Australian Grand Prix: it's more than just fast cars

This weekend, in Melbourne, people will sample morsels by local restaurants including Maha, Estelle Bistro and Bar Lourinha, against the backdrop of street graffiti art. Close by, Spiderbait will be performing. A dinosaur from the Melbourne Museum's Jurassic World exhibition will loom large. Are they in the CBD? At a music festival? Nope. Ladies and gentlemen, start your engines: this is your new-look Formula 1 Rolex Australian Grand Prix for 2016.

While rev-heads will still find plenty on offer at this year's Grand Prix – fast cars! Famous drivers! Grid girls! – the four-day event has broadened its appeal to include a much wider group of ticket-holders.

One look at the "suites" popping up at the circuit indicates that the luxury, invite-only areas are reminiscent of the horseracing cup carnival's Birdcage. And this year, the preceding days are peppered with elite Grand Prix-related social diary events, each one more glamorous than the next.

Plan on heading to the track? Drivers, choose your vehicle:

Sad the Fashion Festival is over?

Fashion is your jam. You Instagram meals at hip eateries. You're a musical festival-goer. Or perhaps you just have the energy of a twenty-something. Grand Prix's M-Lane will pay homage to Melbourne's iconic lanes, with 20 feet-high shipping containers painted live by the town's best graffiti artists forming makeshift laneways.

[Ricciardo] has to be dragged away from the Paddock every day because he loves the fans.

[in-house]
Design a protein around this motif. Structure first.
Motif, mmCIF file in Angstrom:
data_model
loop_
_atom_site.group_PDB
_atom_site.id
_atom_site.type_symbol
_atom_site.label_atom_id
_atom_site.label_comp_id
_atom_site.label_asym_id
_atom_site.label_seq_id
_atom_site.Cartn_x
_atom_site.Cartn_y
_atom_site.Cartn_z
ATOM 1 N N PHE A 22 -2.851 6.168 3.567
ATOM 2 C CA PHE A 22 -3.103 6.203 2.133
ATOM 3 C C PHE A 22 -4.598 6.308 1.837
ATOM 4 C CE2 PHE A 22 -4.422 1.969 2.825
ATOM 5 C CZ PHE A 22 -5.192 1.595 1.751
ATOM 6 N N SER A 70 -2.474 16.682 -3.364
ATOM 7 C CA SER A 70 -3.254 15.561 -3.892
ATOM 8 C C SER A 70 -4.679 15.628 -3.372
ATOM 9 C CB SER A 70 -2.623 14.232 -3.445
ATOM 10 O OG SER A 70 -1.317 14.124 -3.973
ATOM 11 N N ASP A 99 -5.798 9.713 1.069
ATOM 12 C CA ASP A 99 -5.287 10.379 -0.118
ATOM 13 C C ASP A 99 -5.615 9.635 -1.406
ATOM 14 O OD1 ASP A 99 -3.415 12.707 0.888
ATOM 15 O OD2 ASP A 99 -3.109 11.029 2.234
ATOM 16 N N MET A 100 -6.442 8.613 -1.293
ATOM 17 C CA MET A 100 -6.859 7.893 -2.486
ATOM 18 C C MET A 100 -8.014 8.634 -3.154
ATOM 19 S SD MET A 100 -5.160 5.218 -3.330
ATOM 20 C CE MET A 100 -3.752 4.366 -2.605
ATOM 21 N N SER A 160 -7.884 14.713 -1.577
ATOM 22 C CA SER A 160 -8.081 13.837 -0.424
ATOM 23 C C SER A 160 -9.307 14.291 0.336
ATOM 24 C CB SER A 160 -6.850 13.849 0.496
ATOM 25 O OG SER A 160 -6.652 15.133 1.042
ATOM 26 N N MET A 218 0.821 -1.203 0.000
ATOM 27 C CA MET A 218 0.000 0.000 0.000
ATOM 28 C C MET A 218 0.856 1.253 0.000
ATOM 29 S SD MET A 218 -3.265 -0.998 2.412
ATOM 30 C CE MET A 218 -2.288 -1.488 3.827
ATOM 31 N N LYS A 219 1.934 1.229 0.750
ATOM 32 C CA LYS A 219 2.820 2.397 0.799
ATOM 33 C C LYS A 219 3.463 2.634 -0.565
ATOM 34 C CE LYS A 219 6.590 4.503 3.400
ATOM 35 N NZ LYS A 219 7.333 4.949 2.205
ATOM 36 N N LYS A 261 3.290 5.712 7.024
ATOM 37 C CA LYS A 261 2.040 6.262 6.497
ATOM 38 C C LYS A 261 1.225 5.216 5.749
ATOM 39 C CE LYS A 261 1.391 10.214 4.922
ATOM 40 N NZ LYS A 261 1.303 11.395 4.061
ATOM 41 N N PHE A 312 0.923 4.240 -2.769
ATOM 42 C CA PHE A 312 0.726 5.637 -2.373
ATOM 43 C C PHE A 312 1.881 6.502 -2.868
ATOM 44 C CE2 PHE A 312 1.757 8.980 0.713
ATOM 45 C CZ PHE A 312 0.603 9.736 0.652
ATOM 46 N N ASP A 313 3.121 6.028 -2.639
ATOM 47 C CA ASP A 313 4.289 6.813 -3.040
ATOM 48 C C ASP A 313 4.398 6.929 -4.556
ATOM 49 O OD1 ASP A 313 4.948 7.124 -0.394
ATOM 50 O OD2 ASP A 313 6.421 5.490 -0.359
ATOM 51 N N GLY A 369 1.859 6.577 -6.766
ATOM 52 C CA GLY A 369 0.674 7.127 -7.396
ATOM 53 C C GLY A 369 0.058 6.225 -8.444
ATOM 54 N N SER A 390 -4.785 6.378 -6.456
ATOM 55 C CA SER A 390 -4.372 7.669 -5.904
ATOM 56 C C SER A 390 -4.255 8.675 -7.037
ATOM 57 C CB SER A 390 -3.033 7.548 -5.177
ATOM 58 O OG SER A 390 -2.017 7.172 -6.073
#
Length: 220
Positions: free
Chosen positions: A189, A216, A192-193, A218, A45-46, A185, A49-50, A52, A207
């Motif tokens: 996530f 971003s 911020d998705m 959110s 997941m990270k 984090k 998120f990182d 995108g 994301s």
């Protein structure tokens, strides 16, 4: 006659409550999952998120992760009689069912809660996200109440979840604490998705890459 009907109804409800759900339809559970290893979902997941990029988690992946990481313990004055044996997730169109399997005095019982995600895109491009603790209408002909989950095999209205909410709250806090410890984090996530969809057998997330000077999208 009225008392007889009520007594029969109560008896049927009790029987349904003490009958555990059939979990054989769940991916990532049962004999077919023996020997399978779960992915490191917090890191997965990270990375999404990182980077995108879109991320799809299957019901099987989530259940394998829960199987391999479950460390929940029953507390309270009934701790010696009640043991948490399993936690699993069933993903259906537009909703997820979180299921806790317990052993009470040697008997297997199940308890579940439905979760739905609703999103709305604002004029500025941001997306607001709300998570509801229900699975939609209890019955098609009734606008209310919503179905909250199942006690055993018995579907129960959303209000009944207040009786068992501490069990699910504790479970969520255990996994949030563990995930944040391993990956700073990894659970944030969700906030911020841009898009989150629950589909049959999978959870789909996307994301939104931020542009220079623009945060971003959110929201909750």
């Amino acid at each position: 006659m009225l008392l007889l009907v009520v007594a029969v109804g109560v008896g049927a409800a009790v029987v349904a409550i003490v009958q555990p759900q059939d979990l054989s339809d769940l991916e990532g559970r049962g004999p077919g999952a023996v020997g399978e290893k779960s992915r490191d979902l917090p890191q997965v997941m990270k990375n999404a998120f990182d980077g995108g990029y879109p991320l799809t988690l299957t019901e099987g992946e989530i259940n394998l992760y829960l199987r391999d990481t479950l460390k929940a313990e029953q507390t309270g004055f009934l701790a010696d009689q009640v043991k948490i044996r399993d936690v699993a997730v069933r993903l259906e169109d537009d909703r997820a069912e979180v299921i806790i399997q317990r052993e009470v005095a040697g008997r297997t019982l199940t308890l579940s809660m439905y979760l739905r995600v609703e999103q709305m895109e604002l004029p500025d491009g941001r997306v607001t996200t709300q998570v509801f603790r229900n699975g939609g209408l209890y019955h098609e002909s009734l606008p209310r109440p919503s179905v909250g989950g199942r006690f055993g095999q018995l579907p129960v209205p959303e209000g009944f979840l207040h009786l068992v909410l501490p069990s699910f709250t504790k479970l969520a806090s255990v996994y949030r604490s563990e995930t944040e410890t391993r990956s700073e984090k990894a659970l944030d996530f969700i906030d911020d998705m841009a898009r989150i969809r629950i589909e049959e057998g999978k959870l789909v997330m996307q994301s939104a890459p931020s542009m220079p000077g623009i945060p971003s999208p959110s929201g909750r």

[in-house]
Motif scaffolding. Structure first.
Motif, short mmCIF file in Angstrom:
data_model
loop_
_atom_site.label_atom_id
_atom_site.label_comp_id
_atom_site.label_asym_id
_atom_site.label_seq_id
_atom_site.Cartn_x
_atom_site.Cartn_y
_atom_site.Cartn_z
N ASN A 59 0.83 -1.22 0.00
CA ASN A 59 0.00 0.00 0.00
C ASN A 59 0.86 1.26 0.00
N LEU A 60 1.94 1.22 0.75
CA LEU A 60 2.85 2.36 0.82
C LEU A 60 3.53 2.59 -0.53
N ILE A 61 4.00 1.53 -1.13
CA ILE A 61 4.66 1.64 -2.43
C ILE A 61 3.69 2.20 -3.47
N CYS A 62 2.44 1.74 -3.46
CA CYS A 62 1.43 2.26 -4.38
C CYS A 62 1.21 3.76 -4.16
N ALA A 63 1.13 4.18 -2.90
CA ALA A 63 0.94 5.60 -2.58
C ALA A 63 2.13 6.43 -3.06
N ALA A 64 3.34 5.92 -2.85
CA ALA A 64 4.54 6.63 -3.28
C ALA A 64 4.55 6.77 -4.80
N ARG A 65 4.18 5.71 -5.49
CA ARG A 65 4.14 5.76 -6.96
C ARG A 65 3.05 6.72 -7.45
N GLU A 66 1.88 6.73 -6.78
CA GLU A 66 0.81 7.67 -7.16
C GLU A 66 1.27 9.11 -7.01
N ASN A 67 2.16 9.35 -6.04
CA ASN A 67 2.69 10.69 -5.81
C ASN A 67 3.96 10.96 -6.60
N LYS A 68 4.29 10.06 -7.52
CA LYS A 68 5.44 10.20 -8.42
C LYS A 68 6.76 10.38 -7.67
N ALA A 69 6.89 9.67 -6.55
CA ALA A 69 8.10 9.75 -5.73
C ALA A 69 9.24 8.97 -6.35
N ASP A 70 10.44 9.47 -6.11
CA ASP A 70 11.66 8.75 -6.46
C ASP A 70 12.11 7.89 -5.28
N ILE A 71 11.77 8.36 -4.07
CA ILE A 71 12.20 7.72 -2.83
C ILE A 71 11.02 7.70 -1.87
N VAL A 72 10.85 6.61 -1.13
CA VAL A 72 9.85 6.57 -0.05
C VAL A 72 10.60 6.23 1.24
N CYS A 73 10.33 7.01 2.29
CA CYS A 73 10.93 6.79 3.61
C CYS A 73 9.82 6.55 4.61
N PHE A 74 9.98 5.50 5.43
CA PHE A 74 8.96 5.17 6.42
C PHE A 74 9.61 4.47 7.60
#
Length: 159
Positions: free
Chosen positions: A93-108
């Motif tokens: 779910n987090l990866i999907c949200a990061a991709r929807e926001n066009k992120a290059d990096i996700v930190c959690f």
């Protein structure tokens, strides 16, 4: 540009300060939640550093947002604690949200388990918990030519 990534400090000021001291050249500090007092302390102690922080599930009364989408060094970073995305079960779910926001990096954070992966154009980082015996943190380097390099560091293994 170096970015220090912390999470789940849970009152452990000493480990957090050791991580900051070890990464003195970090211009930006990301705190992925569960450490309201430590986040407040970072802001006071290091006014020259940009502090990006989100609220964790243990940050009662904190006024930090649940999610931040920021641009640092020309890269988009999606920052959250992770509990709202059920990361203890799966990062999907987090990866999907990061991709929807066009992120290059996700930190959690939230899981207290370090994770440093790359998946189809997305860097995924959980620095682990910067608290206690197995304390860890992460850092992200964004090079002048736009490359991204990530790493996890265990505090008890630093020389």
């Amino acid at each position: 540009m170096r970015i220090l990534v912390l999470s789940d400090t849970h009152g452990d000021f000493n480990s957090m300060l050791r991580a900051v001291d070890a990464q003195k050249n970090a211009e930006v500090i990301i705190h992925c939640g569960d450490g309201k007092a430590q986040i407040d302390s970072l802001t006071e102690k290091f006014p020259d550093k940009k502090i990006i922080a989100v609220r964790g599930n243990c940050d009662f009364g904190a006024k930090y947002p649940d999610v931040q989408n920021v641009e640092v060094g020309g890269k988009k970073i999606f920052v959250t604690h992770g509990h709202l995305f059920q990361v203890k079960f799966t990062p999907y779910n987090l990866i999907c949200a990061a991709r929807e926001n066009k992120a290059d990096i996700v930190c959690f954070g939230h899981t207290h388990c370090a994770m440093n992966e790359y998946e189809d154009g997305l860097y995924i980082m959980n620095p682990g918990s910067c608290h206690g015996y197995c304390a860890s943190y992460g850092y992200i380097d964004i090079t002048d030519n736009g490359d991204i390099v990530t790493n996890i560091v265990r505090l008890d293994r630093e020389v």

Corina Black

There, you'll find food trucks (including St Kilda Burger Bar, Sliders on Tyres and Nem N' Nem), the Petaluma Wine Bar, and chill-out areas to hang out and listen to music. Overall, at the GP precincts, 47 musical acts are performing over the Grand Prix days, including Sneaky Sound System, Rogue Traders and Spiderbait, with DJs including YO! MAFIA and APAX. There's also a special F1 Park After Dark ticket (from $25) for access on Thursday and Friday, from 4-8pm.

Horsepower-starved and revved up?

This year, you can get up close and personal with the rock stars of this event – the Formula 1 drivers. The Melbourne Walk, located next to the Formula One Paddock, grants fans access to drivers such as Daniel Ricciardo and Lewis Hamilton at set times (10.15am to 12 noon on Thursday and Friday, and until 12.30pm Saturday and Sunday) – selfies included. Corina Black, General Manager (Sales and Commercial) of Grand Prix, says Aussie Ricciardo is so engaging that "he has to be dragged away from the Paddock every day because he loves the fans."

In addition, the F1 Fan Zone stage has set times with autograph signing sessions with drivers on Thursday and the ability to get photos or listen to Q&A forums from Friday to Sunday. Don't have something to sign? There's a range of merchandise to pick up.

This year, there's also 90 minutes more of track time and one crowd-pleasing race worth watching (it takes place four times over the four days): the Penrite Oil Australian GT, which hasn't been around for five years. Thirty-five luxury car brands, including Ferrari, Aston Martin and Lamborghini, compete in this – 17 of which make their Victorian debut (Porsche GT3-R, anyone?). Plus, they can all be seen at close range in the Penrite Oil Australian GT Support Paddock, located in the V8 Village. In all, there are around 485 cars on display.


What tickets should you buy?

Fangio Grandstands let spectators see the start, finish and pit lane activity. Turn 1 (which can be seen via grandstand and corporate suite tickets) is a fan favourite and Brocky Hill – a general admission area – highlights a high speed, left-hand sweeper, making it the fastest corner on the Albert Park Grand Prix circuit. Turn 3 (grandstand, corporate and general admission) showcases great viewing, and at Turn 15 (general admission, premium zone tickets) you see cars at a slower speed, since it's a tight corner.

And a final note: Mercedes-Benz has several things worth looking at. On display is a rare 1985 Mercedes-Benz 190 E 2.3-16, originally purchased by Ayrton Senna. They also have AMG cars that have been custom 3D printed, in an installation that runs 22.5 metres in circuit length.